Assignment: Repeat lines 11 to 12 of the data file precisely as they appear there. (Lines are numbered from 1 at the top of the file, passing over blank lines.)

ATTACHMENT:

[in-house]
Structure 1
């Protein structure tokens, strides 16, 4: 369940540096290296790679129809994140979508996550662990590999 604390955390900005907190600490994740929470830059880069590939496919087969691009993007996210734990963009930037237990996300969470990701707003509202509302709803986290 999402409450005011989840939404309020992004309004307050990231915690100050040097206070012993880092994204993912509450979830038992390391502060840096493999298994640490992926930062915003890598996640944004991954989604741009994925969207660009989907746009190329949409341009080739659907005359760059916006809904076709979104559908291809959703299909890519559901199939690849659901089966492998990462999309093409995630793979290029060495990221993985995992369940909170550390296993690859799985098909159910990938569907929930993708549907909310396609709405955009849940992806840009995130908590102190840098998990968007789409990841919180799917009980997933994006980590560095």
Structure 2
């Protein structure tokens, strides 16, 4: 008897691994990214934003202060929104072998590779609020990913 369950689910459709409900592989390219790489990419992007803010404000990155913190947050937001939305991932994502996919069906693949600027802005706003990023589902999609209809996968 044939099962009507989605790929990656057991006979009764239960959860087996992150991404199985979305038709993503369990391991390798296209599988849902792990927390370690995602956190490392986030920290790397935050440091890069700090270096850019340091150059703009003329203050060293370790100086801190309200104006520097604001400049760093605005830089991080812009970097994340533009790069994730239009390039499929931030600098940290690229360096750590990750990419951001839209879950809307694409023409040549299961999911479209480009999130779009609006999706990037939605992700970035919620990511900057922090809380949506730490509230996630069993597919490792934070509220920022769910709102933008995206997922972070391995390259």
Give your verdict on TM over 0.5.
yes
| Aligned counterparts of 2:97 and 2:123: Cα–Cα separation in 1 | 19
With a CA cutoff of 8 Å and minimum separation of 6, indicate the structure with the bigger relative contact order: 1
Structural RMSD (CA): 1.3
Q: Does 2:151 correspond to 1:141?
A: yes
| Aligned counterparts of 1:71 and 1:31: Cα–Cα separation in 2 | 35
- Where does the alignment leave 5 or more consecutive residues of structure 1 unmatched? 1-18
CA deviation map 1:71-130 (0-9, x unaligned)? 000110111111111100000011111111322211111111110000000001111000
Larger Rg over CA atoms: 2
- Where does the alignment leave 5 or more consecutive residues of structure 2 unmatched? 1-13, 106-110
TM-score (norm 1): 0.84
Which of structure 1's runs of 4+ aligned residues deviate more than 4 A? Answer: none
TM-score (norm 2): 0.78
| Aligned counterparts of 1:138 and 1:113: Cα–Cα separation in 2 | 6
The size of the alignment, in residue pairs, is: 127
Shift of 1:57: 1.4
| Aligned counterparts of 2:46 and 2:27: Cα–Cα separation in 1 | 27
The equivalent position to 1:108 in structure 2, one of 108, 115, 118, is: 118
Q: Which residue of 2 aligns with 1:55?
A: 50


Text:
Q: Does 2:151 correspond to 1:141?
A: yes